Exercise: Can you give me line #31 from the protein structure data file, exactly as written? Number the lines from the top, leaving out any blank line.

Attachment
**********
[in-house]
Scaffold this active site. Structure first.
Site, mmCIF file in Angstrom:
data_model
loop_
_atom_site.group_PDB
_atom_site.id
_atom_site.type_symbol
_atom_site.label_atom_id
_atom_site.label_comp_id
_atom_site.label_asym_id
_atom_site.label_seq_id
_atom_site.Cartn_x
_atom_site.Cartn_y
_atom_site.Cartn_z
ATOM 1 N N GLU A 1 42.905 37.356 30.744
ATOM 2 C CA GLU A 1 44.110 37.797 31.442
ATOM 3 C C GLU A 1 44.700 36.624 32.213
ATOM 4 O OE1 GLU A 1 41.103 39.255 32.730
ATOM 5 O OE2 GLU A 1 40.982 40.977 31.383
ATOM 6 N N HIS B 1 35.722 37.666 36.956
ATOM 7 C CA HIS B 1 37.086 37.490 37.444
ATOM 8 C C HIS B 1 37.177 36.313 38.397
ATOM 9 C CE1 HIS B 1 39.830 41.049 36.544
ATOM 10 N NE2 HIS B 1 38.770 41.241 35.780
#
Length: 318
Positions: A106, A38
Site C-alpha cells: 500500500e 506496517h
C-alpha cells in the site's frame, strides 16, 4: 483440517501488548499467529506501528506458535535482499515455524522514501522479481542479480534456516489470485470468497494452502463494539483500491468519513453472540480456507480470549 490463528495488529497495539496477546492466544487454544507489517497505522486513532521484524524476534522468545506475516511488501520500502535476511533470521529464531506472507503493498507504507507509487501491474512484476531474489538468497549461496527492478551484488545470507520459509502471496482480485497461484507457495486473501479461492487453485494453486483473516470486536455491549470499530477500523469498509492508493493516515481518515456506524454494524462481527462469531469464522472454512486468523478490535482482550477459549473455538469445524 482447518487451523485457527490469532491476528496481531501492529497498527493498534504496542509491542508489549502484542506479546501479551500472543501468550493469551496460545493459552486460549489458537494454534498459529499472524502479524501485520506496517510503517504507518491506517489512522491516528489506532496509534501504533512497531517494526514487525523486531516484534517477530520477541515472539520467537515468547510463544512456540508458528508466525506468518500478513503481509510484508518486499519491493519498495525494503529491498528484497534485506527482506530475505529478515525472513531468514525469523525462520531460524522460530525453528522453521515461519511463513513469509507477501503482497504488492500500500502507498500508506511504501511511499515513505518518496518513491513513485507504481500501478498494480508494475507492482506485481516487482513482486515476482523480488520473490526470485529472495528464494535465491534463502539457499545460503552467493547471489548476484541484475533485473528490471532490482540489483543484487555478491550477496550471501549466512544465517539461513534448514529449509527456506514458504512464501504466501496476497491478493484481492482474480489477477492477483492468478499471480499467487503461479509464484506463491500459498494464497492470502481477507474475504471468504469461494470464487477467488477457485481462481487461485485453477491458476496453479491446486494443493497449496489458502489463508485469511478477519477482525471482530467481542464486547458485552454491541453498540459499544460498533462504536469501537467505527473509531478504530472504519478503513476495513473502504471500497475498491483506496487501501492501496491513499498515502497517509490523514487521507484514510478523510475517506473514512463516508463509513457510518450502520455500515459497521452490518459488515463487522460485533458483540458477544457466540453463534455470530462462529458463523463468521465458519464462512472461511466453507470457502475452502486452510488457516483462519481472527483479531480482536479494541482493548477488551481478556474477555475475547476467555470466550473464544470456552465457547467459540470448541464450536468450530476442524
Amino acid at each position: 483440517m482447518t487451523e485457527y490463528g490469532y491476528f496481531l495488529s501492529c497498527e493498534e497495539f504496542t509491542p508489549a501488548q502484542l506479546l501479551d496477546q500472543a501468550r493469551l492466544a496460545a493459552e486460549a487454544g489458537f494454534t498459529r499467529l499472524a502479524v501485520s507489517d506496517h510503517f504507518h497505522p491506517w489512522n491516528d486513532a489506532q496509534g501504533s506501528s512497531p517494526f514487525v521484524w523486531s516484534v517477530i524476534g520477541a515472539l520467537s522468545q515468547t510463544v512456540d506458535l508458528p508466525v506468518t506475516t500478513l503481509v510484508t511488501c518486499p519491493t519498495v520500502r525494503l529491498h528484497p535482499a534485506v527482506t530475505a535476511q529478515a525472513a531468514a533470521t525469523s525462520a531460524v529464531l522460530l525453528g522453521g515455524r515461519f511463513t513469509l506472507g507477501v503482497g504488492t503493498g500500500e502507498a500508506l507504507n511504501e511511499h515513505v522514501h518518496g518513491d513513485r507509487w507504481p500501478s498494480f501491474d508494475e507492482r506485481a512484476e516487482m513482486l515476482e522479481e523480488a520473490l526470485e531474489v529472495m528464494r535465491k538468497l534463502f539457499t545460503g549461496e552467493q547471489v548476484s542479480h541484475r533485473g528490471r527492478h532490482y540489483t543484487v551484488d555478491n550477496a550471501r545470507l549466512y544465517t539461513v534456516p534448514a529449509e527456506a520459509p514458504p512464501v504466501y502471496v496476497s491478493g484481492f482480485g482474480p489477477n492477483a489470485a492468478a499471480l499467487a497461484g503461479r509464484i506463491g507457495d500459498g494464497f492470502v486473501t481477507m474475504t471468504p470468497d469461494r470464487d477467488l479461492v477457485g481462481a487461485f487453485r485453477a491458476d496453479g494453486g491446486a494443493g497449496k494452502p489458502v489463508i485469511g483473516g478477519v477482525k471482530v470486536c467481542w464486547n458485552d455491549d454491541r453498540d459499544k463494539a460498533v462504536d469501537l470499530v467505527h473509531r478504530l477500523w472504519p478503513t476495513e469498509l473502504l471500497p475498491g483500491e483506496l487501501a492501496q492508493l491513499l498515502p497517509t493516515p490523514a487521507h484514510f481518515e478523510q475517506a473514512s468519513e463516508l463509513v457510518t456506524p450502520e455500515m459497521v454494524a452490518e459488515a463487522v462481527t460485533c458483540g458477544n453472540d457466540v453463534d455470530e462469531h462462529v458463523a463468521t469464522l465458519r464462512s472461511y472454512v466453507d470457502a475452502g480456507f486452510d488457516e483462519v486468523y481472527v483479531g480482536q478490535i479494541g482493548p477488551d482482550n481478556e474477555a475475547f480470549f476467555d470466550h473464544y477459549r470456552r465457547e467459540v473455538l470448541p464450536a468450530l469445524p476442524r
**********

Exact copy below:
Amino acid at each position: 483440517m482447518t487451523e485457527y490463528g490469532y491476528f496481531l495488529s501492529c497498527e493498534e497495539f504496542t509491542p508489549a501488548q502484542l506479546l501479551d496477546q500472543a501468550r493469551l492466544a496460545a493459552e486460549a487454544g489458537f494454534t498459529r499467529l499472524a502479524v501485520s507489517d506496517h510503517f504507518h497505522p491506517w489512522n491516528d486513532a489506532q496509534g501504533s506501528s512497531p517494526f514487525v521484524w523486531s516484534v517477530i524476534g520477541a515472539l520467537s522468545q515468547t510463544v512456540d506458535l508458528p508466525v506468518t506475516t500478513l503481509v510484508t511488501c518486499p519491493t519498495v520500502r525494503l529491498h528484497p535482499a534485506v527482506t530475505a535476511q529478515a525472513a531468514a533470521t525469523s525462520a531460524v529464531l522460530l525453528g522453521g515455524r515461519f511463513t513469509l506472507g507477501v503482497g504488492t503493498g500500500e502507498a500508506l507504507n511504501e511511499h515513505v522514501h518518496g518513491d513513485r507509487w507504481p500501478s498494480f501491474d508494475e507492482r506485481a512484476e516487482m513482486l515476482e522479481e523480488a520473490l526470485e531474489v529472495m528464494r535465491k538468497l534463502f539457499t545460503g549461496e552467493q547471489v548476484s542479480h541484475r533485473g528490471r527492478h532490482y540489483t543484487v551484488d555478491n550477496a550471501r545470507l549466512y544465517t539461513v534456516p534448514a529449509e527456506a520459509p514458504p512464501v504466501y502471496v496476497s491478493g484481492f482480485g482474480p489477477n492477483a489470485a492468478a499471480l499467487a497461484g503461479r509464484i506463491g507457495d500459498g494464497f492470502v486473501t481477507m474475504t471468504p470468497d469461494r470464487d477467488l479461492v477457485g481462481a487461485f487453485r485453477a491458476d496453479g494453486g491446486a494443493g497449496k494452502p489458502v489463508i485469511g483473516g478477519v477482525k471482530v470486536c467481542w464486547n458485552d455491549d454491541r453498540d459499544k463494539a460498533v462504536d469501537l470499530v467505527h473509531r478504530l477500523w472504519p478503513t476495513e469498509l473502504l471500497p475498491g483500491e483506496l487501501a492501496q492508493l491513499l498515502p497517509t493516515p490523514a487521507h484514510f481518515e478523510q475517506a473514512s468519513e463516508l463509513v457510518t456506524p450502520e455500515m459497521v454494524a452490518e459488515a463487522v462481527t460485533c458483540g458477544n453472540d457466540v453463534d455470530e462469531h462462529v458463523a463468521t469464522l465458519r464462512s472461511y472454512v466453507d470457502a475452502g480456507f486452510d488457516e483462519v486468523y481472527v483479531g480482536q478490535i479494541g482493548p477488551d482482550n481478556e474477555a475475547f480470549f476467555d470466550h473464544y477459549r470456552r465457547e467459540v473455538l470448541p464450536a468450530l469445524p476442524r